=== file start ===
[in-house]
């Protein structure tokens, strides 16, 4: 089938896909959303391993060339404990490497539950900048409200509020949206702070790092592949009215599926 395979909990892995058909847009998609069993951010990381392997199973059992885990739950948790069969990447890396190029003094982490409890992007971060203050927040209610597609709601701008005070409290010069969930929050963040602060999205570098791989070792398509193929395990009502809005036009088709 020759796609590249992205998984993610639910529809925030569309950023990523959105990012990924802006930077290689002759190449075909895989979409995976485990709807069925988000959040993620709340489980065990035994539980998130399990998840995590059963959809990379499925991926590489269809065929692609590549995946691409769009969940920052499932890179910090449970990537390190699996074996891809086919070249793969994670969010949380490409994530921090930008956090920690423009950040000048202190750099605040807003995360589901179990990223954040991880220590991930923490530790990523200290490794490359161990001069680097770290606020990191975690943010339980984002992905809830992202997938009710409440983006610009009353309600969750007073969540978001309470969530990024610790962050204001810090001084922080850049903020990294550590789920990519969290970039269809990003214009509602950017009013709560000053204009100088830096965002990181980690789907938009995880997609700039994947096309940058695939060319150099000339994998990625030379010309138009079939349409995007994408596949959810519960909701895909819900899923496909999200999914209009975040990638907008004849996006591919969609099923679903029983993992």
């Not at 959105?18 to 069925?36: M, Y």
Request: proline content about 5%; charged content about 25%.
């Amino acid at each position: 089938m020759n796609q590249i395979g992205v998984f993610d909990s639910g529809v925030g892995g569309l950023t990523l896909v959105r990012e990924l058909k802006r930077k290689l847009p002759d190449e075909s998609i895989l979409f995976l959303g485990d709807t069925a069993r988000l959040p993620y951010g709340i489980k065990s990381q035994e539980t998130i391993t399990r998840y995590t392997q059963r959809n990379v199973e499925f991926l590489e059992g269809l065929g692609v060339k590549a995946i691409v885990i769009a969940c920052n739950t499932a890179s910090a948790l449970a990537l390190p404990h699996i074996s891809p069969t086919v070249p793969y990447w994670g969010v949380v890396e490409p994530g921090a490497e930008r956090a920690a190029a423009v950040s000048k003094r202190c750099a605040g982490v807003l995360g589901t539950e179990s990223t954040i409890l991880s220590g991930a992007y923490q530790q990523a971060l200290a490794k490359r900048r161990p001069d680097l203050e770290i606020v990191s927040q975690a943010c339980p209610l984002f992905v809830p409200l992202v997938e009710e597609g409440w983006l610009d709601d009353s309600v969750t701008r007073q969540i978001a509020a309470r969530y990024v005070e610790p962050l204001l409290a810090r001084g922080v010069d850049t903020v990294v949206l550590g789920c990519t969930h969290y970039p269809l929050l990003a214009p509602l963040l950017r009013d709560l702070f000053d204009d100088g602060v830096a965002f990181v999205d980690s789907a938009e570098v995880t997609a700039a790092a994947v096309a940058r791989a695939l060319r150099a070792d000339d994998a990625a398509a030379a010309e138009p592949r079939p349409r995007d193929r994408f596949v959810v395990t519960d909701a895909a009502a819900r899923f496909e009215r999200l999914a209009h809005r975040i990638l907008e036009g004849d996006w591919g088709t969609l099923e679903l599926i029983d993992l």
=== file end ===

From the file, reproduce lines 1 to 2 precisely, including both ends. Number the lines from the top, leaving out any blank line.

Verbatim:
[in-house]
């Protein structure tokens, strides 16, 4: 089938896909959303391993060339404990490497539950900048409200509020949206702070790092592949009215599926 395979909990892995058909847009998609069993951010990381392997199973059992885990739950948790069969990447890396190029003094982490409890992007971060203050927040209610597609709601701008005070409290010069969930929050963040602060999205570098791989070792398509193929395990009502809005036009088709 020759796609590249992205998984993610639910529809925030569309950023990523959105990012990924802006930077290689002759190449075909895989979409995976485990709807069925988000959040993620709340489980065990035994539980998130399990998840995590059963959809990379499925991926590489269809065929692609590549995946691409769009969940920052499932890179910090449970990537390190699996074996891809086919070249793969994670969010949380490409994530921090930008956090920690423009950040000048202190750099605040807003995360589901179990990223954040991880220590991930923490530790990523200290490794490359161990001069680097770290606020990191975690943010339980984002992905809830992202997938009710409440983006610009009353309600969750007073969540978001309470969530990024610790962050204001810090001084922080850049903020990294550590789920990519969290970039269809990003214009509602950017009013709560000053204009100088830096965002990181980690789907938009995880997609700039994947096309940058695939060319150099000339994998990625030379010309138009079939349409995007994408596949959810519960909701895909819900899923496909999200999914209009975040990638907008004849996006591919969609099923679903029983993992």